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Introduction

Published online by Cambridge University Press:  05 November 2011

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Summary

It was in the period from the 1880s to 1905 that Russian Marxism emerged and developed its particular character and reputation. Its reputation in the international socialist movement for undiluted propriety in matters of Marxist theory and uncompromising militance in matters of practice was a product of its struggles and pronouncements of these years – its heroism in the battle with the Russian autocracy for political freedom and a better deal for the workers, its emphatic rejection of revisionism of all hues and its militant role in leading the revolution of 1905. It had also acquired a reputation that was the obverse side of its devotion to Marxist principle – it was thought to be hopelessly schismatic. By 1905–6 deep internal divisions had rent Russian Marxism and the broad lines of affiliation and opposition which were to characterise the movement in 1917 had already emerged. A large part of the explanation for the uniquely uncompromising character of Russian Marxism lies in the relationship of the Russian Marxists to their native labour movement. Almost everywhere else in Europe Marxism had to be grafted on to existing, and often powerful, labour movements. These movements had developed their own traditions of thought and organisation long before Marxism began to have an appreciable impact upon the European labour movement in the 1880s.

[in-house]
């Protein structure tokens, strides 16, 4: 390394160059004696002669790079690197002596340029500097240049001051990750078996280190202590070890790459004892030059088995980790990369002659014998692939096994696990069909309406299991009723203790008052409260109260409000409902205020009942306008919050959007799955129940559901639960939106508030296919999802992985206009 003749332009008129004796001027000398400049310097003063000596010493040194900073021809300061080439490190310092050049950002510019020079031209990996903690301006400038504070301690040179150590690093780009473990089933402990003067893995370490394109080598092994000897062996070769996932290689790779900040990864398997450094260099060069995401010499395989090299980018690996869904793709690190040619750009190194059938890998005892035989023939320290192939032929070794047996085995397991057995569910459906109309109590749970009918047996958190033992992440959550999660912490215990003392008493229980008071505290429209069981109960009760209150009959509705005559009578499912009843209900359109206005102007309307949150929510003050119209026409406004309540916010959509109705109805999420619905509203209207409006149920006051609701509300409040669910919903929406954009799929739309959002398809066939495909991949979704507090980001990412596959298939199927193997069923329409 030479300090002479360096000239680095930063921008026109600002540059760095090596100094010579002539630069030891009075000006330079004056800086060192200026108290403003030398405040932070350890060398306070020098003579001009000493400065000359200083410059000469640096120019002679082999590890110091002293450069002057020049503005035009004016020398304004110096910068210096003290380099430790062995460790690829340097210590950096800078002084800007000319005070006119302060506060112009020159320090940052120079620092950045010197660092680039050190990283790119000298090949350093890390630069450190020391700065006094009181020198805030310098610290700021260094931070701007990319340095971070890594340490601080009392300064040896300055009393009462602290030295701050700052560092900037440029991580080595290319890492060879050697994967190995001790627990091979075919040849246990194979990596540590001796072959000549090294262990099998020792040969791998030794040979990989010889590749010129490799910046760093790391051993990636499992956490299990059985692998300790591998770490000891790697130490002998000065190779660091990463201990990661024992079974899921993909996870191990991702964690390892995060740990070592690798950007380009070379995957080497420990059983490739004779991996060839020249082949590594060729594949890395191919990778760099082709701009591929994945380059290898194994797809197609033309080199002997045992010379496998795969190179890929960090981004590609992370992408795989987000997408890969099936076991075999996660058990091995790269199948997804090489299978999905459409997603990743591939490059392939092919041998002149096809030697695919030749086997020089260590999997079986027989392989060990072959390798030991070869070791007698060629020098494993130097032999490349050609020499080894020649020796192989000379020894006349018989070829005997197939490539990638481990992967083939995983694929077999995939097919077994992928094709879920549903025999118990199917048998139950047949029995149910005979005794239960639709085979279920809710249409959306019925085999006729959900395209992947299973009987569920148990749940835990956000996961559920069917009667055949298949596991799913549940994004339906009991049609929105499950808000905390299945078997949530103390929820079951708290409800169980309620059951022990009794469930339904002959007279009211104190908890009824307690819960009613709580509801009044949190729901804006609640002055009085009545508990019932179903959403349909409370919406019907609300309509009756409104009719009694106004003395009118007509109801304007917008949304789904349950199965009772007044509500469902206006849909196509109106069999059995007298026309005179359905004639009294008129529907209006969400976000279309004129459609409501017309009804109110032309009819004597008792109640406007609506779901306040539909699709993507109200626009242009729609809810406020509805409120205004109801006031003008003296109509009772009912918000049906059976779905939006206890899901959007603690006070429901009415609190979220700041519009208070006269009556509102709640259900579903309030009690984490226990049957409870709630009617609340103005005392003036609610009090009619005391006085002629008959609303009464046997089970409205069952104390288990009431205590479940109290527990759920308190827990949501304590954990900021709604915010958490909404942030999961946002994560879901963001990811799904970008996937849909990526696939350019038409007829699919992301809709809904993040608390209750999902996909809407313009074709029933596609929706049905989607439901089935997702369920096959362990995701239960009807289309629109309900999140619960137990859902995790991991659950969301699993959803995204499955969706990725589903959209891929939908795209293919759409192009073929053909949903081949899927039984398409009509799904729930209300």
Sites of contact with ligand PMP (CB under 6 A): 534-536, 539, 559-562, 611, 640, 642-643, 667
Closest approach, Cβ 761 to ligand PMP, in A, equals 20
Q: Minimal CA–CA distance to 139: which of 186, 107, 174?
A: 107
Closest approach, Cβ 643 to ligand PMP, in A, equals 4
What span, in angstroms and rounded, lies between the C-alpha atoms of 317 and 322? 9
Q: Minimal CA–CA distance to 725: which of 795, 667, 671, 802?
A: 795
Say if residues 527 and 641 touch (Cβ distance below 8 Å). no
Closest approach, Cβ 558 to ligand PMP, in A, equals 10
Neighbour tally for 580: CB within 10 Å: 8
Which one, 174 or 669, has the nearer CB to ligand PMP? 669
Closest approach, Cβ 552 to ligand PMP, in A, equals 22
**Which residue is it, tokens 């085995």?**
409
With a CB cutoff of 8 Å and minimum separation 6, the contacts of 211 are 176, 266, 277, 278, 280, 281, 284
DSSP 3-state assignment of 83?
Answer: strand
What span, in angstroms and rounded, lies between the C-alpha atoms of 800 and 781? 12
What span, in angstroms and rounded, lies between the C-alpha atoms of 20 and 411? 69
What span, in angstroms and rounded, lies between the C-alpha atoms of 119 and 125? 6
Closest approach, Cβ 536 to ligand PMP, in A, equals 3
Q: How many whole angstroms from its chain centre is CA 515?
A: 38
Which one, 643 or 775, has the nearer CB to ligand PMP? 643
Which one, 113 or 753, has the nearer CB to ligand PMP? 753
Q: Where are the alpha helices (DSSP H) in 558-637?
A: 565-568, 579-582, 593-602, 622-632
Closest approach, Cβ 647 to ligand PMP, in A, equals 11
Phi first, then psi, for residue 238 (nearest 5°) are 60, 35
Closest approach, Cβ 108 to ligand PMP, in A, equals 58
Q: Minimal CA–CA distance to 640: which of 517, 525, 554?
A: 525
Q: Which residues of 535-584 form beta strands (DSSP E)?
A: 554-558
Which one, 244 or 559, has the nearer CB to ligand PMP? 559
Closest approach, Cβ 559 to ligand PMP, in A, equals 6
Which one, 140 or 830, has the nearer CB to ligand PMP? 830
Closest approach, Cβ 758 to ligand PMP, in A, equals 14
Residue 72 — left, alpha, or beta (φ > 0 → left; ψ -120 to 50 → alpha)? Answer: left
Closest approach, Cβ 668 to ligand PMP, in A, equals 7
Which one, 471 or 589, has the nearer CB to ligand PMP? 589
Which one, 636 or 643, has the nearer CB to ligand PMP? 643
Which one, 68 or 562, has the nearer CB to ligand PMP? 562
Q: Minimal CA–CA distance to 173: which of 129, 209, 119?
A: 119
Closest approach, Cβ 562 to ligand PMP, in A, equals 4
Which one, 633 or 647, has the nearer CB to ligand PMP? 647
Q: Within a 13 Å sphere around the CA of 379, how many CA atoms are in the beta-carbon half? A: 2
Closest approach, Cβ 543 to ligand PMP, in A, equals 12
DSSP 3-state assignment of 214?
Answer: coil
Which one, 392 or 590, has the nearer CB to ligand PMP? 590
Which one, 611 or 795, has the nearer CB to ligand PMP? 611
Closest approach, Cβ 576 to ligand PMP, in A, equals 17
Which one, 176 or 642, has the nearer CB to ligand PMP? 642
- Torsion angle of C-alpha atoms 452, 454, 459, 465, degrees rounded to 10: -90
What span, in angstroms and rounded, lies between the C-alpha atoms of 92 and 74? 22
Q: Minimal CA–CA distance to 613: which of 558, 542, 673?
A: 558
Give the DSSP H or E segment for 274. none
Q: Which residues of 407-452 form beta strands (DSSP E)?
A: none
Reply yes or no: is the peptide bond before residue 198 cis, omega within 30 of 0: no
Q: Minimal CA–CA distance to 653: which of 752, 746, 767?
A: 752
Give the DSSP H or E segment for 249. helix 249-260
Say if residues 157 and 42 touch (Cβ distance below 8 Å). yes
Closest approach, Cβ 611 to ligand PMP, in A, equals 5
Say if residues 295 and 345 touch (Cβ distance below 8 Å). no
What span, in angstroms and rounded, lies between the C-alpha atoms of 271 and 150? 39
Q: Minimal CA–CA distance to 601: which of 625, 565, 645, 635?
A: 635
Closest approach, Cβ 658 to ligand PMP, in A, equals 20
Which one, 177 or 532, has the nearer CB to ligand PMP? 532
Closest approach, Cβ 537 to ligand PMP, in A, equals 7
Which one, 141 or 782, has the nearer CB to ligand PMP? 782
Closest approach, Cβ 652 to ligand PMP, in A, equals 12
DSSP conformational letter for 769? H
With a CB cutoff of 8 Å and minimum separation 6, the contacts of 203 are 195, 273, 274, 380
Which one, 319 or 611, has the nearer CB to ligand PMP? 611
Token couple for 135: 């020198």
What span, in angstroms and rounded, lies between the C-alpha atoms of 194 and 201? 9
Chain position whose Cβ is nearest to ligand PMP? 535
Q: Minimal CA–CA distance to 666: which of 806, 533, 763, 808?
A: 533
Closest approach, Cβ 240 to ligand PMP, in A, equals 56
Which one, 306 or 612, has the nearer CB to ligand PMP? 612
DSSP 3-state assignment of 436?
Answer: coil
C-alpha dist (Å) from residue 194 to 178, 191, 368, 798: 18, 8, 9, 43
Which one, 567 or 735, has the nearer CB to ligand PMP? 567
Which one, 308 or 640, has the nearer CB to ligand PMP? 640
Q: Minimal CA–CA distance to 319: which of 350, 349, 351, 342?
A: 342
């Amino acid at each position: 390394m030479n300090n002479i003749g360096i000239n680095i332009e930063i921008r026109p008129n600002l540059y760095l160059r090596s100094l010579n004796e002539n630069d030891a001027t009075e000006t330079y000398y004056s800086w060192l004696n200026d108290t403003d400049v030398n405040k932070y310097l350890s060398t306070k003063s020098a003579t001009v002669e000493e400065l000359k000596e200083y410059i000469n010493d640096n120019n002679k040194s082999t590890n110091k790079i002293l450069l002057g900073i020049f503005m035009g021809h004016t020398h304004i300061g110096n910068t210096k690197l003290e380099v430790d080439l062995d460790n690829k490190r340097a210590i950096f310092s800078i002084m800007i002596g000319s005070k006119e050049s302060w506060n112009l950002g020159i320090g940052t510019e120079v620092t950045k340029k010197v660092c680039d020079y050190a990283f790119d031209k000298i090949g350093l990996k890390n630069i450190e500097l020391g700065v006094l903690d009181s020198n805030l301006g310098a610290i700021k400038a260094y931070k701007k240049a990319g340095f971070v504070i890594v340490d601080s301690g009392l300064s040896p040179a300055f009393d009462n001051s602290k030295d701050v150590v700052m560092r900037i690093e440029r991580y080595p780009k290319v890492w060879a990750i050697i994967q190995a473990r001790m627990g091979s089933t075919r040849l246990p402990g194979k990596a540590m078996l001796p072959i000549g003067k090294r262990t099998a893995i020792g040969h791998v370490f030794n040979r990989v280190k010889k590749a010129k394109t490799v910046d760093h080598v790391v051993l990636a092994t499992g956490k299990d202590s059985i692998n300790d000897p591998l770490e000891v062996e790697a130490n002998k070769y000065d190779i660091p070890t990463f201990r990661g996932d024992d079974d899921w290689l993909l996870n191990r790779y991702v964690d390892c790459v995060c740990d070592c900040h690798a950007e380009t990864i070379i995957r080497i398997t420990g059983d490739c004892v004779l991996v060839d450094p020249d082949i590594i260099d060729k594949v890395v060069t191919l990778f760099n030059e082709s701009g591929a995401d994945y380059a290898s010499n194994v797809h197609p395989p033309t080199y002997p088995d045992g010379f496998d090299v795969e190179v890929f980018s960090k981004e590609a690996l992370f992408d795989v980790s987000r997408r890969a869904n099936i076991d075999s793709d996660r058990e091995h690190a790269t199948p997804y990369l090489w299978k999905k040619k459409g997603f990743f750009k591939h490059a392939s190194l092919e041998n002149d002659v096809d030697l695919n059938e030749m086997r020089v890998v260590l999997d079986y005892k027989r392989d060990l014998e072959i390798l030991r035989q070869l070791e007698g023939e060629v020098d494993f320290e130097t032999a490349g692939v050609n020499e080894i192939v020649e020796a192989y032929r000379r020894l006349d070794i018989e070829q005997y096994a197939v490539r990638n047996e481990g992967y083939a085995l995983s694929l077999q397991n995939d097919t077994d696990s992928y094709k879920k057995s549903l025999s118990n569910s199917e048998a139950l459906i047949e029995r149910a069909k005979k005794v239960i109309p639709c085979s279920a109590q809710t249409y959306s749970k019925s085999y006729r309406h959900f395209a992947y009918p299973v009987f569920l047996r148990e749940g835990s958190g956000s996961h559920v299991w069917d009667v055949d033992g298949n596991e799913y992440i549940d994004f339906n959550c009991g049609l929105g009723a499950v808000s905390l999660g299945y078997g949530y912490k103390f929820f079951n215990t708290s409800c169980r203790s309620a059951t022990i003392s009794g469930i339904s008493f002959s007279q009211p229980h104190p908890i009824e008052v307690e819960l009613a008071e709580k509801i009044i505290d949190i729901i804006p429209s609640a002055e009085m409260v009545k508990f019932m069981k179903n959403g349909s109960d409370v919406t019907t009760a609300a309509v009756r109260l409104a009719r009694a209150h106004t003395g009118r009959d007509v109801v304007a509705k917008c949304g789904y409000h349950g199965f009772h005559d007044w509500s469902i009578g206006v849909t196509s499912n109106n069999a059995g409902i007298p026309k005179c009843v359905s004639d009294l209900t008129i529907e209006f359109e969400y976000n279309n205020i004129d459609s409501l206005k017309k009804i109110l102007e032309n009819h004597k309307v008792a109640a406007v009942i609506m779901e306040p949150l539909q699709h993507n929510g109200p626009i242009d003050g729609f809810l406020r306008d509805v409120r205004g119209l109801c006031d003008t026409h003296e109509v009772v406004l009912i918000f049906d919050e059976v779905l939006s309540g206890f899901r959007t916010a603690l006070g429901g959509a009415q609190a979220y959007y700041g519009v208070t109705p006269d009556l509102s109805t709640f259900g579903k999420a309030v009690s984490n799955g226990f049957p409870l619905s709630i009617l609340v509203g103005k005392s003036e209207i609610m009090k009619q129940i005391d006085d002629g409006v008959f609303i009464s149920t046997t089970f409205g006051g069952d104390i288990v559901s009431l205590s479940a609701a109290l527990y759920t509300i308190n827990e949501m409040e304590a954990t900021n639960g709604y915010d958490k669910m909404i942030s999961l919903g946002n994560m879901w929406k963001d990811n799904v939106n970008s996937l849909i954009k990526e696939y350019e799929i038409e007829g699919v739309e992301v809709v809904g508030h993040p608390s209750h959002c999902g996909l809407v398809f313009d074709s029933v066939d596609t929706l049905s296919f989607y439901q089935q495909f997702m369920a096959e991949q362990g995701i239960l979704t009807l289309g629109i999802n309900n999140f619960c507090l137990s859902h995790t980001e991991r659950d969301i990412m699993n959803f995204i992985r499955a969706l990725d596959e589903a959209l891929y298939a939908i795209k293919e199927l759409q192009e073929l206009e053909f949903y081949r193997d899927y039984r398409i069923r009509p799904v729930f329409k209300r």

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Marxism in Russia
Key Documents 1879–1906
, pp. 1 - 38
Publisher: Cambridge University Press
Print publication year: 1983

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